We give glory to you, Lord, who raised up your cross to span the jaws of death like a bridge* by which souls might pass from the region of the dead to the land of the living. We give glory to you who put on the body of a single mortal man and made it the source of life for every other mortal man, woman, and child. You are incontestably alive. Your murderers sowed your living body in the earth as farmers sow grain, but it sprang up and yielded an abundant harvest of human beings raised from the dead.
Come then, let us offer our Lord the great and all-embracing sacrifice of our love, pouring out our treasury of hymns and prayers before him who offered his cross in sacrifice to God for the enrichment of us all.
Ephrem of Edessa (AD 306-373), Sermon on Our Lord 3-4.9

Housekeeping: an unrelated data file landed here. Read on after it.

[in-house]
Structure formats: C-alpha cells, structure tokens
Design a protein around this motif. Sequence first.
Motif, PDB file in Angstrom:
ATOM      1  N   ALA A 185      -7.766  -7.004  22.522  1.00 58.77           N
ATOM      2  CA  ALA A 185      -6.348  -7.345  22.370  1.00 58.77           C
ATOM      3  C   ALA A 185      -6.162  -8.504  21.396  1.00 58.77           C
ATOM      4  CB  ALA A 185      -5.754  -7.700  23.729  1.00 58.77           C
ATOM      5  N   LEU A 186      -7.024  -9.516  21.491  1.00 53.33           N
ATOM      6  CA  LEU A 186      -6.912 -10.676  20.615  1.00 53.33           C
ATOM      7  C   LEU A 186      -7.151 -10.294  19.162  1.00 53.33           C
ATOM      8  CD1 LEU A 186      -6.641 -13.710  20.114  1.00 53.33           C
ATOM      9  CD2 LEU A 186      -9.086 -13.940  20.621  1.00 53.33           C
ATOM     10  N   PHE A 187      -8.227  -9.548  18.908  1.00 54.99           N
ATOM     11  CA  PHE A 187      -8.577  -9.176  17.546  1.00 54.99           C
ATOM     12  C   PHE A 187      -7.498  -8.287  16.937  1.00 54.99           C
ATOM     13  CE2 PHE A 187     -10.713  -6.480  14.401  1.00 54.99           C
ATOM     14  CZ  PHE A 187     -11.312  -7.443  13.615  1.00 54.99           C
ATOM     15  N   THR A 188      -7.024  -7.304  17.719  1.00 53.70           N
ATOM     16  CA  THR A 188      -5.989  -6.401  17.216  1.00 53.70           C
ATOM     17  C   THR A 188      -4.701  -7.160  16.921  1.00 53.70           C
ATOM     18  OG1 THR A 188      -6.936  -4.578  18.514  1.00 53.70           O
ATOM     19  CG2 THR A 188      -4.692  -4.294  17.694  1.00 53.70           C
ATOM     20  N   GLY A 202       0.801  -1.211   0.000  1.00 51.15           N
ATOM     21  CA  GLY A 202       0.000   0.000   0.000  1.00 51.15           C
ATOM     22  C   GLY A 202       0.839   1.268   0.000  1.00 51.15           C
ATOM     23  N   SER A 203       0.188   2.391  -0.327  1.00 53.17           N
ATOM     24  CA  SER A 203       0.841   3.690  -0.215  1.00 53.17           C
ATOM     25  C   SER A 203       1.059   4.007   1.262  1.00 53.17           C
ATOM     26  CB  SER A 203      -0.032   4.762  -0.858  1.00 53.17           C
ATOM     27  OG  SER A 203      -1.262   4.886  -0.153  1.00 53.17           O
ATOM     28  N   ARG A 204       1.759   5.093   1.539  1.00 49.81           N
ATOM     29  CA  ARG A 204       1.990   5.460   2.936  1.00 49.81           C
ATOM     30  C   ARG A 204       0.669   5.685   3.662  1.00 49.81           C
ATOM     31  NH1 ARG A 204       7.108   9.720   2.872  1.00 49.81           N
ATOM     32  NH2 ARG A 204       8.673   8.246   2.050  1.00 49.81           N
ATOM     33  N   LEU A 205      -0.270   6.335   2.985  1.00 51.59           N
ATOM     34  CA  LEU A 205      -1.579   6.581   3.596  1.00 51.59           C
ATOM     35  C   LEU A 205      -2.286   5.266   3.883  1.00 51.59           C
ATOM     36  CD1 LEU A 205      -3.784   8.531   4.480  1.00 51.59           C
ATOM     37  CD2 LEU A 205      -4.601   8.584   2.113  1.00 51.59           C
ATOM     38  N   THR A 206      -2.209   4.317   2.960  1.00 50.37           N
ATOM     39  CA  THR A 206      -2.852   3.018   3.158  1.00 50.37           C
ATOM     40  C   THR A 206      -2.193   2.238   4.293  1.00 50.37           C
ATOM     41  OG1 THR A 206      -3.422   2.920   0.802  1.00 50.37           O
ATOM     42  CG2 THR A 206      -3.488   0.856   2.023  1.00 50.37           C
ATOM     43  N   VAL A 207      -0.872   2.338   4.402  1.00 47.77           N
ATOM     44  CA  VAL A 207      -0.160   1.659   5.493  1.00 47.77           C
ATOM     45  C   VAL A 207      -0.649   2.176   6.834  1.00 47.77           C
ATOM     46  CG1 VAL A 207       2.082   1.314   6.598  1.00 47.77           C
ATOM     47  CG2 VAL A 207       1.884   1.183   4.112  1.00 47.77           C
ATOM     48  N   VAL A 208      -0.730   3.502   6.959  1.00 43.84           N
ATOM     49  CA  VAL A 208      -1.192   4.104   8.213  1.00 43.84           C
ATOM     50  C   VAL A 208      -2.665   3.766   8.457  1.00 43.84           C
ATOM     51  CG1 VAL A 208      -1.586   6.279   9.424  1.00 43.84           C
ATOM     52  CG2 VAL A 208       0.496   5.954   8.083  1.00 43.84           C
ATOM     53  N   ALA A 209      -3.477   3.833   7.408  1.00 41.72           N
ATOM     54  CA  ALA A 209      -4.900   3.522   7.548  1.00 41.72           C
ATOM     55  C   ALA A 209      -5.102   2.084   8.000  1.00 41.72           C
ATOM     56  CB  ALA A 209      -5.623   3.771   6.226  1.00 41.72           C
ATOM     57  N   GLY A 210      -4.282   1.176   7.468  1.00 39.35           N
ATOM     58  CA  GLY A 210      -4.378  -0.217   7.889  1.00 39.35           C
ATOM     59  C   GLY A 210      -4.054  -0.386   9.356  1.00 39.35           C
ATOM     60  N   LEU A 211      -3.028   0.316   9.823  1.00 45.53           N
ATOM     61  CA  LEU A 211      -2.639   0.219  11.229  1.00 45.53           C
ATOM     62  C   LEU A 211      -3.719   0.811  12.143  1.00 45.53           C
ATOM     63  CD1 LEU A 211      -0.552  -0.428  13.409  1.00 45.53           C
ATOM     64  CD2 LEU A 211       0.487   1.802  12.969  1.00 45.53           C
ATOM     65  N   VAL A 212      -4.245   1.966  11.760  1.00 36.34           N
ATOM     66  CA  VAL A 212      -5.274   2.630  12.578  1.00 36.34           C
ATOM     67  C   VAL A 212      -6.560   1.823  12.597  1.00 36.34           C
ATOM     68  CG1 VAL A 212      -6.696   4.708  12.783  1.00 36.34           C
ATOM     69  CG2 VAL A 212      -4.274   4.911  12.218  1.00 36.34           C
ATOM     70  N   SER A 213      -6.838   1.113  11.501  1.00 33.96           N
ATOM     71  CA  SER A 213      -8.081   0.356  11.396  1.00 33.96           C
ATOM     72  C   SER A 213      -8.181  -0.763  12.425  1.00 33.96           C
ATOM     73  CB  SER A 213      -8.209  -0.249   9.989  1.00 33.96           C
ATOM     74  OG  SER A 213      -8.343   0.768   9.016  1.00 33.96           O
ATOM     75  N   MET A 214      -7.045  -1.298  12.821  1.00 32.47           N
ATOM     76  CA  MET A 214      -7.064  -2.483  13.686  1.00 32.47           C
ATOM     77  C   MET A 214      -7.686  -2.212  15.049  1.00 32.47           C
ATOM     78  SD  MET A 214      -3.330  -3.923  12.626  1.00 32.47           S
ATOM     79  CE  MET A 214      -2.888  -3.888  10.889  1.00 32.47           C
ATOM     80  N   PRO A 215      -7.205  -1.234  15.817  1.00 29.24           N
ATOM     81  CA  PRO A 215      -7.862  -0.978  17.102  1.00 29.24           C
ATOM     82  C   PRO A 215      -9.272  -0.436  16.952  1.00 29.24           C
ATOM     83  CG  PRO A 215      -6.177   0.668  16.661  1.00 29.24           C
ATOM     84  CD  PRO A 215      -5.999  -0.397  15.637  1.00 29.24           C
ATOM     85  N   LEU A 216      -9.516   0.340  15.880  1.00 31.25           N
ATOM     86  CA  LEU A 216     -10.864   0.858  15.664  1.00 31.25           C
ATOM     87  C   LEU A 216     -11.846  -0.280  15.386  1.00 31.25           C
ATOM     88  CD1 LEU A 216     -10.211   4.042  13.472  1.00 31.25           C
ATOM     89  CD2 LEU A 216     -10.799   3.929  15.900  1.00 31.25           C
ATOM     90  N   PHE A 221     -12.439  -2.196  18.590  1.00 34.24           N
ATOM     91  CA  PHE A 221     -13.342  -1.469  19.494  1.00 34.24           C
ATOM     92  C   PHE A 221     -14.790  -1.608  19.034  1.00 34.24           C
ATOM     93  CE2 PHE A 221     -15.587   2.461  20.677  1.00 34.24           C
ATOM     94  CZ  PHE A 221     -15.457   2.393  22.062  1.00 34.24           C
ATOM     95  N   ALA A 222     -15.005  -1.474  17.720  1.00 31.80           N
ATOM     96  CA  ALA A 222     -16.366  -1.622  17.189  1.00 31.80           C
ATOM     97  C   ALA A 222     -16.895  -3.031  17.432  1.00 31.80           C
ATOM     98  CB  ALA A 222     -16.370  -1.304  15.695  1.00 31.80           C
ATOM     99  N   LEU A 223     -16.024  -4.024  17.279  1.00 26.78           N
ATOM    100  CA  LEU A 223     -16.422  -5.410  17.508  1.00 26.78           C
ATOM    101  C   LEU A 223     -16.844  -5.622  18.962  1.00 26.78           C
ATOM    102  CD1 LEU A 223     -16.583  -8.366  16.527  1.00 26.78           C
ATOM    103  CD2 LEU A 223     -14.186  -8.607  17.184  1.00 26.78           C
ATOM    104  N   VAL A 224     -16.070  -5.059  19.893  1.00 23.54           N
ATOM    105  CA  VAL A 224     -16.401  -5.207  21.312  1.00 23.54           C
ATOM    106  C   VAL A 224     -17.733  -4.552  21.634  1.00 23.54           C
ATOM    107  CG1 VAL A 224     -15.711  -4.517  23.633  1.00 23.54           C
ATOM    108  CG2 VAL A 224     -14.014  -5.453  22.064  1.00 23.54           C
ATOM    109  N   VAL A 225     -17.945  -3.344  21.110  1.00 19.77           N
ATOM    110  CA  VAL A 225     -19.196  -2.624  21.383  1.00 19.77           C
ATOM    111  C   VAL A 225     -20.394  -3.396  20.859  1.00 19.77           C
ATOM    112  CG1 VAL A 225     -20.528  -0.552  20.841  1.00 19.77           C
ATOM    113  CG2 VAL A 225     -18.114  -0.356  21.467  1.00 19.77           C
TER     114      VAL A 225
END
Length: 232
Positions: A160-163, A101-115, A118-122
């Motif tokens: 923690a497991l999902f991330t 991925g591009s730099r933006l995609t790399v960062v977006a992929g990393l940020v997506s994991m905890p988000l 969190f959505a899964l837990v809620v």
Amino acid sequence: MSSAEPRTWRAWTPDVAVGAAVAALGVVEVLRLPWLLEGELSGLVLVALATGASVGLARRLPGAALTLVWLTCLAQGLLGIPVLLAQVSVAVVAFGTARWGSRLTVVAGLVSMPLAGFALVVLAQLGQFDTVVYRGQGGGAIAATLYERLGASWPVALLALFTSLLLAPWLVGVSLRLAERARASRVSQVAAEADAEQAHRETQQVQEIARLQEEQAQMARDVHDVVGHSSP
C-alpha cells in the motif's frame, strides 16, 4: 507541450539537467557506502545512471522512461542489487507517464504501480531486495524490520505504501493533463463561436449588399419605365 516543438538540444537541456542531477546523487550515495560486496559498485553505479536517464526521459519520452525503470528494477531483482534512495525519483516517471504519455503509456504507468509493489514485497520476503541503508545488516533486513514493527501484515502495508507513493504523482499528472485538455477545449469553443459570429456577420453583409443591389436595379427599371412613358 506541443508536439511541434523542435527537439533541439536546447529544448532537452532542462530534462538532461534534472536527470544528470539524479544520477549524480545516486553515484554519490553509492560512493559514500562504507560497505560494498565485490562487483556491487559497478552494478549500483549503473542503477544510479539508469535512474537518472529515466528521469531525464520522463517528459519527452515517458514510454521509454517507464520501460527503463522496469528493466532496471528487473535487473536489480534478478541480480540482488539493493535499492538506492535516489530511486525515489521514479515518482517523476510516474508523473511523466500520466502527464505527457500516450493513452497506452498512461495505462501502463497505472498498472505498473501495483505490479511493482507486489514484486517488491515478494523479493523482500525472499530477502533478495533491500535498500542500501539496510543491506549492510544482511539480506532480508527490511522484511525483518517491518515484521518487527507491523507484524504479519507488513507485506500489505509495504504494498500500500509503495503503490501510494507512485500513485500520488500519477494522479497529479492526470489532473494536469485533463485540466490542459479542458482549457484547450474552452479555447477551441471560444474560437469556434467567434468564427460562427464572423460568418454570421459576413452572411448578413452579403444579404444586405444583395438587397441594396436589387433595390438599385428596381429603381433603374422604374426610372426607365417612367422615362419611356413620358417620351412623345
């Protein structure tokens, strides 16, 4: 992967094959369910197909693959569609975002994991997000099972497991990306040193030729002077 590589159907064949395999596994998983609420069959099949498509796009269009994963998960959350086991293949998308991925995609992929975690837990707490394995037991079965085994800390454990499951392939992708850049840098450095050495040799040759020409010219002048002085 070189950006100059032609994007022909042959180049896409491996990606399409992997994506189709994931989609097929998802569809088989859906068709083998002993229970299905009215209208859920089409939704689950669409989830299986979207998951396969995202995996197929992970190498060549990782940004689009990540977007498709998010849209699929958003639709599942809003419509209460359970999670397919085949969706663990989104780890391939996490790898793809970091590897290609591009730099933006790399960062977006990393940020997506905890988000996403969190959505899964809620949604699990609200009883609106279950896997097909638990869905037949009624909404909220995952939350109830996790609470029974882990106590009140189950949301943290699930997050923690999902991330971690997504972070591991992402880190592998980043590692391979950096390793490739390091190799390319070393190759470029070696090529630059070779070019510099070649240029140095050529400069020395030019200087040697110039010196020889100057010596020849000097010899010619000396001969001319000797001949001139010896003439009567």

*When I post these quotes, I usually prefer to let my Ancestors in the Faith speak for themselves. But today I wanted to point out that this quote - from the 4th century - is quite probably the basis (or at least the crystallization of a similar tradition Ephrem had received) of that ubiquitous diagram used by so many evangelists today. You know, the drawing of a chasm with God on one side and humankind on the other, bridged by the Cross of Christ? Well, here it is, in poetic form, more than a millenium and half before I'd ever shown it to someone. Awesome.